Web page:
It is true, of course, that dishonesty has always been a part of the human experience, but doublespeak is a pernicious variation of dishonesty. Doublespeak perverts the basic function of language, which is to facilitate a common understanding between human beings.

1984-posterLynch goes on to list several examples: “stop-loss” orders as a stand-in for conscription, the replacement of warrants by “national security letters,” and the renaming of Guantanamo prisoner suicides as “asymmetrical warfare.”

A–perhaps the–key point of Orwell’s conception of doublespeak is that words have meaning. Although this runs counter to postmodernism, it points out that language is a key front in the battle for ‘hearts and minds.’ Witness the recent discussion between a well-spoken University of Wisconsin student (‘Madiha’) and an on-campus recruiter for the NSA:

NSA RECRUITER 1: I’m focusing on what our foreign intelligence requires of [us], so…you can define ‘adversary’ as [an] enemy and clearly, Germany is not our enemy, but would we have foreign national interest from an intelligence perspective on what’s going on across the globe? Yes, we [would].

MADIHA: So by “adversary”, you actually mean anybody and everybody. There’s nobody, then – by your definition – that is not an adversary. Is that correct?

NSA RECRUITER 1: That is not correct.

Doublespeak has the power of the state behind it, which includes a great deal of technological sophistication. Until recently, I was more optimistic about the power of the internet to oppose conventional sources of political power. Although the recent Snowden revelations have diminished my confidence in technology as a political force, we can still use it as a tool to take back language.

To that end, I have developed a simple tool that you can use to counter doublespeak in your web viewing experience. It known as Doublespeak and is available as a Chrome web extension. Right now it has a small dictionary of three terms that it replaces, but can easily be extended for more. The code is also open-source on Github. When you install the extension, clicking its icon in the browser window will open a duplicate of the current page in a new tab, but with doublespeak terms replaced by their plain English equivalents.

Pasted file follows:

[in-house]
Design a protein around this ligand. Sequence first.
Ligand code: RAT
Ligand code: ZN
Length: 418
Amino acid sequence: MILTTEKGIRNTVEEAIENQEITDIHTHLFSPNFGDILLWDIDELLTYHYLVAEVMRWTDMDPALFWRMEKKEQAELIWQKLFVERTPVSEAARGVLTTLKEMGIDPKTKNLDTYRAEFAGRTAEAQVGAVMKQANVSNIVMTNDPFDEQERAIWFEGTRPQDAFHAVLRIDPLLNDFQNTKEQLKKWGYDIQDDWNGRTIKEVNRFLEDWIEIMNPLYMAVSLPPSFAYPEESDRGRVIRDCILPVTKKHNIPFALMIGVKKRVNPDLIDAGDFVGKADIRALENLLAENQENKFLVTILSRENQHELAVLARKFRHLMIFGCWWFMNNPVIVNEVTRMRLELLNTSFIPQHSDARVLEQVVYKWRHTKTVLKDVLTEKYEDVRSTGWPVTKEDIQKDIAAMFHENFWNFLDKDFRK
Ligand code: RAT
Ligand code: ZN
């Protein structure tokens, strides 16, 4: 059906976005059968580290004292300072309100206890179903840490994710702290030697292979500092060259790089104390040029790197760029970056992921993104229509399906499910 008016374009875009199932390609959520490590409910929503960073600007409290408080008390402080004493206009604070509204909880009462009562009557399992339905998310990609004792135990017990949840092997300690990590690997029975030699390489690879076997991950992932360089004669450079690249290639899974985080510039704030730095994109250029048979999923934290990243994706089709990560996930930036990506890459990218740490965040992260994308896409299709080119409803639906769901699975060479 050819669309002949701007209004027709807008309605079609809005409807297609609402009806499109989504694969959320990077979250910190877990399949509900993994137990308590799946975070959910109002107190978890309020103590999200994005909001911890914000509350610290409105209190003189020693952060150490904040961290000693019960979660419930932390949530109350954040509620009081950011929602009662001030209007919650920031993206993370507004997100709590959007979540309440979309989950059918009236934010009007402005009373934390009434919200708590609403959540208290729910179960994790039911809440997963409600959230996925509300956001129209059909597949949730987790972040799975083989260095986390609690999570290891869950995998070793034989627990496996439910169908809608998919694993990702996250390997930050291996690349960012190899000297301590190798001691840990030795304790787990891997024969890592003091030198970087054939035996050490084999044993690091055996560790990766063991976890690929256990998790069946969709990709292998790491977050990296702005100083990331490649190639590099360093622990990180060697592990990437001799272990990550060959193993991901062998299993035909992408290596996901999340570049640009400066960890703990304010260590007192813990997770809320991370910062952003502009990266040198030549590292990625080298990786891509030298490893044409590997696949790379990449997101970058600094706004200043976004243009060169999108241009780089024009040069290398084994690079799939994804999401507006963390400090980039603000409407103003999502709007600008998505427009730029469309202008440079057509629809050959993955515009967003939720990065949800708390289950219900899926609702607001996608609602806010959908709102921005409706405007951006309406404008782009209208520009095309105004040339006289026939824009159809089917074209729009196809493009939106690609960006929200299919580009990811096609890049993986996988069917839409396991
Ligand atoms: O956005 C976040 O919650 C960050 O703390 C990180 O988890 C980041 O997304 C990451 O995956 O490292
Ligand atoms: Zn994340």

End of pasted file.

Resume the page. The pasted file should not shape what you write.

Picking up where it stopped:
Here are a few examples of the Doublespeak extension at work on these three pages:

Before

Before

After

After

Before

Before

After

After

Before

Before

After

After

Obviously it does not replace the text in images, but I think that makes the last example all the more striking. The extension should respond to titleized words, but some other special cases (e.g. all uppercase) are not handled in the current version (0.1).

If you have suggestions for new additions to the dictionary or other features, please let me know.

Reputation in Hacker Culture

I have long wanted to do a project on reputation in hacker culture. As I have delved into this further (and I still enjoy reading about it), it turns out Eric Raymond said it better than I could, nearly 20 years ago:

Like most cultures without a money economy, hackerdom runs on reputation. You’re trying to solve interesting problems, but how interesting they are, and whether your solutions are really good, is something that only your technical peers or superiors are normally equipped to judge.

Accordingly, when you play the hacker game, you learn to keep score primarily by what other hackers think of your skill (this is why you aren’t really a hacker until other hackers consistently call you one). This fact is obscured by the image of hacking as solitary work; also by a hacker-cultural taboo (now gradually decaying but still potent) against admitting that ego or external validation are involved in one’s motivation at all.

Specifically, hackerdom is what anthropologists call a gift culture. You gain status and reputation in it not by dominating other people, nor by being beautiful, nor by having things other people want, but rather by giving things away. Specifically, by giving away your time, your creativity, and the results of your skill.